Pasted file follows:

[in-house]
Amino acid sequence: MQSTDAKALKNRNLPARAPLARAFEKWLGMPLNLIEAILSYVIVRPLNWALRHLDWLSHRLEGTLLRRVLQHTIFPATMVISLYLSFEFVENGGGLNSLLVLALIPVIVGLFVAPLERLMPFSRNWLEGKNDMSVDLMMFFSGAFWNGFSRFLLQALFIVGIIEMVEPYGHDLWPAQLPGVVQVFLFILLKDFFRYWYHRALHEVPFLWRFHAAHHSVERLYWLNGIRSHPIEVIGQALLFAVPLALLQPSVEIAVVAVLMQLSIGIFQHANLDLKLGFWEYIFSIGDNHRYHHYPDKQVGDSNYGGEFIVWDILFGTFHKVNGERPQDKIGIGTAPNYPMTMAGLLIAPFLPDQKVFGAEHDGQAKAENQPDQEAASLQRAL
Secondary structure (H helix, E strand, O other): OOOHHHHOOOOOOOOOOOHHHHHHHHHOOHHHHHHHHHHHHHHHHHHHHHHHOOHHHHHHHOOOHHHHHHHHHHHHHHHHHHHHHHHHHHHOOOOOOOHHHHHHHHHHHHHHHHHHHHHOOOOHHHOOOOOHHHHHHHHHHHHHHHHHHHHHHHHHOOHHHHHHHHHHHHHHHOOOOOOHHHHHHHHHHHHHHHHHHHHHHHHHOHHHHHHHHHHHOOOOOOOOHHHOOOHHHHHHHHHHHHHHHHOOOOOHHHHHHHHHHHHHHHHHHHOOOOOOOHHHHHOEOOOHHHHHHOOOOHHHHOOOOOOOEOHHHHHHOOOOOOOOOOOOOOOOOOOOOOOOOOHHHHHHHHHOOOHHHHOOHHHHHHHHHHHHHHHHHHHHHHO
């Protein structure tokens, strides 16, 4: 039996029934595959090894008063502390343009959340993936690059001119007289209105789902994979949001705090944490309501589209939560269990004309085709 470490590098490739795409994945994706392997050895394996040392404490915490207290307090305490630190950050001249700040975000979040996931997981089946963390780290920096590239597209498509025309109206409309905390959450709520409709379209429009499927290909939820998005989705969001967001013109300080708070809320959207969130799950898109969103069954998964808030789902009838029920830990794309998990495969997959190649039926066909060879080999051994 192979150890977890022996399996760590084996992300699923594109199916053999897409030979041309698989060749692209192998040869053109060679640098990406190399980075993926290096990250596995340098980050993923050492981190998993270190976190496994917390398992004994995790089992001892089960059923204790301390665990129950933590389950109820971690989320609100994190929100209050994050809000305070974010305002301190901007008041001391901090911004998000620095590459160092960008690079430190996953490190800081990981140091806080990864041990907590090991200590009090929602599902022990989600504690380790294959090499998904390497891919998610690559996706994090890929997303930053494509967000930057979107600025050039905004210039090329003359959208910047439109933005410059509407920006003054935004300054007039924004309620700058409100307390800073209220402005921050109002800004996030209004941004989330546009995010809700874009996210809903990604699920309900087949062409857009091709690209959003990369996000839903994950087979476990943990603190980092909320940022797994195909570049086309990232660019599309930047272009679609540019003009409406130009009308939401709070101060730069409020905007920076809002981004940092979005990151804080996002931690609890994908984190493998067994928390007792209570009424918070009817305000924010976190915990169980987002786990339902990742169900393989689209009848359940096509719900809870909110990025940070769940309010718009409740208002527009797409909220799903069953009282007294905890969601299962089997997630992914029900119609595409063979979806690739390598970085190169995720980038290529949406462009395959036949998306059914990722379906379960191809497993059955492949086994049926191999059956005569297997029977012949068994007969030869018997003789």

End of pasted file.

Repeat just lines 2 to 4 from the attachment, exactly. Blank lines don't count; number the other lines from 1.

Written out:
Amino acid sequence: MQSTDAKALKNRNLPARAPLARAFEKWLGMPLNLIEAILSYVIVRPLNWALRHLDWLSHRLEGTLLRRVLQHTIFPATMVISLYLSFEFVENGGGLNSLLVLALIPVIVGLFVAPLERLMPFSRNWLEGKNDMSVDLMMFFSGAFWNGFSRFLLQALFIVGIIEMVEPYGHDLWPAQLPGVVQVFLFILLKDFFRYWYHRALHEVPFLWRFHAAHHSVERLYWLNGIRSHPIEVIGQALLFAVPLALLQPSVEIAVVAVLMQLSIGIFQHANLDLKLGFWEYIFSIGDNHRYHHYPDKQVGDSNYGGEFIVWDILFGTFHKVNGERPQDKIGIGTAPNYPMTMAGLLIAPFLPDQKVFGAEHDGQAKAENQPDQEAASLQRAL
Secondary structure (H helix, E strand, O other): OOOHHHHOOOOOOOOOOOHHHHHHHHHOOHHHHHHHHHHHHHHHHHHHHHHHOOHHHHHHHOOOHHHHHHHHHHHHHHHHHHHHHHHHHHHOOOOOOOHHHHHHHHHHHHHHHHHHHHHOOOOHHHOOOOOHHHHHHHHHHHHHHHHHHHHHHHHHOOHHHHHHHHHHHHHHHOOOOOOHHHHHHHHHHHHHHHHHHHHHHHHHOHHHHHHHHHHHOOOOOOOOHHHOOOHHHHHHHHHHHHHHHHOOOOOHHHHHHHHHHHHHHHHHHHOOOOOOOHHHHHOEOOOHHHHHHOOOOHHHHOOOOOOOEOHHHHHHOOOOOOOOOOOOOOOOOOOOOOOOOOHHHHHHHHHOOOHHHHOOHHHHHHHHHHHHHHHHHHHHHHO
């Protein structure tokens, strides 16, 4: 039996029934595959090894008063502390343009959340993936690059001119007289209105789902994979949001705090944490309501589209939560269990004309085709 470490590098490739795409994945994706392997050895394996040392404490915490207290307090305490630190950050001249700040975000979040996931997981089946963390780290920096590239597209498509025309109206409309905390959450709520409709379209429009499927290909939820998005989705969001967001013109300080708070809320959207969130799950898109969103069954998964808030789902009838029920830990794309998990495969997959190649039926066909060879080999051994 192979150890977890022996399996760590084996992300699923594109199916053999897409030979041309698989060749692209192998040869053109060679640098990406190399980075993926290096990250596995340098980050993923050492981190998993270190976190496994917390398992004994995790089992001892089960059923204790301390665990129950933590389950109820971690989320609100994190929100209050994050809000305070974010305002301190901007008041001391901090911004998000620095590459160092960008690079430190996953490190800081990981140091806080990864041990907590090991200590009090929602599902022990989600504690380790294959090499998904390497891919998610690559996706994090890929997303930053494509967000930057979107600025050039905004210039090329003359959208910047439109933005410059509407920006003054935004300054007039924004309620700058409100307390800073209220402005921050109002800004996030209004941004989330546009995010809700874009996210809903990604699920309900087949062409857009091709690209959003990369996000839903994950087979476990943990603190980092909320940022797994195909570049086309990232660019599309930047272009679609540019003009409406130009009308939401709070101060730069409020905007920076809002981004940092979005990151804080996002931690609890994908984190493998067994928390007792209570009424918070009817305000924010976190915990169980987002786990339902990742169900393989689209009848359940096509719900809870909110990025940070769940309010718009409740208002527009797409909220799903069953009282007294905890969601299962089997997630992914029900119609595409063979979806690739390598970085190169995720980038290529949406462009395959036949998306059914990722379906379960191809497993059955492949086994049926191999059956005569297997029977012949068994007969030869018997003789």